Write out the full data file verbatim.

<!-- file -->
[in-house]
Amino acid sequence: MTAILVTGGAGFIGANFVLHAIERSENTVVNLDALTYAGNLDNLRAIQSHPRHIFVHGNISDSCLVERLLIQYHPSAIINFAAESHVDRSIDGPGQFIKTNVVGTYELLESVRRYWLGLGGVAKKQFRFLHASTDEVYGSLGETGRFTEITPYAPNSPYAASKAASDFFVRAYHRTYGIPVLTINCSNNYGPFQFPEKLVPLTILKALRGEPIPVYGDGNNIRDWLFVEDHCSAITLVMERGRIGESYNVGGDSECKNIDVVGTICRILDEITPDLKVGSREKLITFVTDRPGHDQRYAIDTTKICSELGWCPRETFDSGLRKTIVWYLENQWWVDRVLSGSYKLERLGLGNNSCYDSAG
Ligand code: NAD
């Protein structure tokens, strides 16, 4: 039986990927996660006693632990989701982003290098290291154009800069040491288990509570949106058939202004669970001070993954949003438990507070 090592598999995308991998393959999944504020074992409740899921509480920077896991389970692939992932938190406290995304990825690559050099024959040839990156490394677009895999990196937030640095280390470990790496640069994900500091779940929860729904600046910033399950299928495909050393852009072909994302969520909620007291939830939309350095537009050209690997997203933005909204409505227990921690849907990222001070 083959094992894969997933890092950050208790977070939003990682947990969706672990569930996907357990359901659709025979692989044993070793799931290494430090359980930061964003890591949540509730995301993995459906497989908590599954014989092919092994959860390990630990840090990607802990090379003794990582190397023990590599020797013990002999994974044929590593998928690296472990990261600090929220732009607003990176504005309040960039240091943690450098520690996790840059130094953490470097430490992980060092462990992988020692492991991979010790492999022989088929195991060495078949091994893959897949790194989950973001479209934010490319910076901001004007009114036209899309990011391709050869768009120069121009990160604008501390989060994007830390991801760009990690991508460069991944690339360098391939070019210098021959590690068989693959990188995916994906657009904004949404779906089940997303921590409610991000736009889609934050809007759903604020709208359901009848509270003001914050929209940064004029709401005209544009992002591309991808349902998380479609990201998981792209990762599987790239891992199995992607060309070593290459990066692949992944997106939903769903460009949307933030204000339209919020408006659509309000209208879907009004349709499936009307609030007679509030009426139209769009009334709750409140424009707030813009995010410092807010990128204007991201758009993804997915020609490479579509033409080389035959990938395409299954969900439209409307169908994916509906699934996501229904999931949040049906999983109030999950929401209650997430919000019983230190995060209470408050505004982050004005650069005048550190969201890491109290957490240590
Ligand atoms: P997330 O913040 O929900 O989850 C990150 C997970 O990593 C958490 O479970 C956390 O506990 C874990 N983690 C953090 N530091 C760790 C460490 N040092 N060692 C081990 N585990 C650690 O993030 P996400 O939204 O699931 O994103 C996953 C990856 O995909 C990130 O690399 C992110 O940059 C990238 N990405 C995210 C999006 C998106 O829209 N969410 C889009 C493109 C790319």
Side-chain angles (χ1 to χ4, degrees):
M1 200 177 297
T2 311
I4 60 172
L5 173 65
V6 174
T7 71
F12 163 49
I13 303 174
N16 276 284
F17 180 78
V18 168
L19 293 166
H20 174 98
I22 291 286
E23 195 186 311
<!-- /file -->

[in-house]
Amino acid sequence: MTAILVTGGAGFIGANFVLHAIERSENTVVNLDALTYAGNLDNLRAIQSHPRHIFVHGNISDSCLVERLLIQYHPSAIINFAAESHVDRSIDGPGQFIKTNVVGTYELLESVRRYWLGLGGVAKKQFRFLHASTDEVYGSLGETGRFTEITPYAPNSPYAASKAASDFFVRAYHRTYGIPVLTINCSNNYGPFQFPEKLVPLTILKALRGEPIPVYGDGNNIRDWLFVEDHCSAITLVMERGRIGESYNVGGDSECKNIDVVGTICRILDEITPDLKVGSREKLITFVTDRPGHDQRYAIDTTKICSELGWCPRETFDSGLRKTIVWYLENQWWVDRVLSGSYKLERLGLGNNSCYDSAG
Ligand code: NAD
């Protein structure tokens, strides 16, 4: 039986990927996660006693632990989701982003290098290291154009800069040491288990509570949106058939202004669970001070993954949003438990507070 090592598999995308991998393959999944504020074992409740899921509480920077896991389970692939992932938190406290995304990825690559050099024959040839990156490394677009895999990196937030640095280390470990790496640069994900500091779940929860729904600046910033399950299928495909050393852009072909994302969520909620007291939830939309350095537009050209690997997203933005909204409505227990921690849907990222001070 083959094992894969997933890092950050208790977070939003990682947990969706672990569930996907357990359901659709025979692989044993070793799931290494430090359980930061964003890591949540509730995301993995459906497989908590599954014989092919092994959860390990630990840090990607802990090379003794990582190397023990590599020797013990002999994974044929590593998928690296472990990261600090929220732009607003990176504005309040960039240091943690450098520690996790840059130094953490470097430490992980060092462990992988020692492991991979010790492999022989088929195991060495078949091994893959897949790194989950973001479209934010490319910076901001004007009114036209899309990011391709050869768009120069121009990160604008501390989060994007830390991801760009990690991508460069991944690339360098391939070019210098021959590690068989693959990188995916994906657009904004949404779906089940997303921590409610991000736009889609934050809007759903604020709208359901009848509270003001914050929209940064004029709401005209544009992002591309991808349902998380479609990201998981792209990762599987790239891992199995992607060309070593290459990066692949992944997106939903769903460009949307933030204000339209919020408006659509309000209208879907009004349709499936009307609030007679509030009426139209769009009334709750409140424009707030813009995010410092807010990128204007991201758009993804997915020609490479579509033409080389035959990938395409299954969900439209409307169908994916509906699934996501229904999931949040049906999983109030999950929401209650997430919000019983230190995060209470408050505004982050004005650069005048550190969201890491109290957490240590
Ligand atoms: P997330 O913040 O929900 O989850 C990150 C997970 O990593 C958490 O479970 C956390 O506990 C874990 N983690 C953090 N530091 C760790 C460490 N040092 N060692 C081990 N585990 C650690 O993030 P996400 O939204 O699931 O994103 C996953 C990856 O995909 C990130 O690399 C992110 O940059 C990238 N990405 C995210 C999006 C998106 O829209 N969410 C889009 C493109 C790319």
Side-chain angles (χ1 to χ4, degrees):
M1 200 177 297
T2 311
I4 60 172
L5 173 65
V6 174
T7 71
F12 163 49
I13 303 174
N16 276 284
F17 180 78
V18 168
L19 293 166
H20 174 98
I22 291 286
E23 195 186 311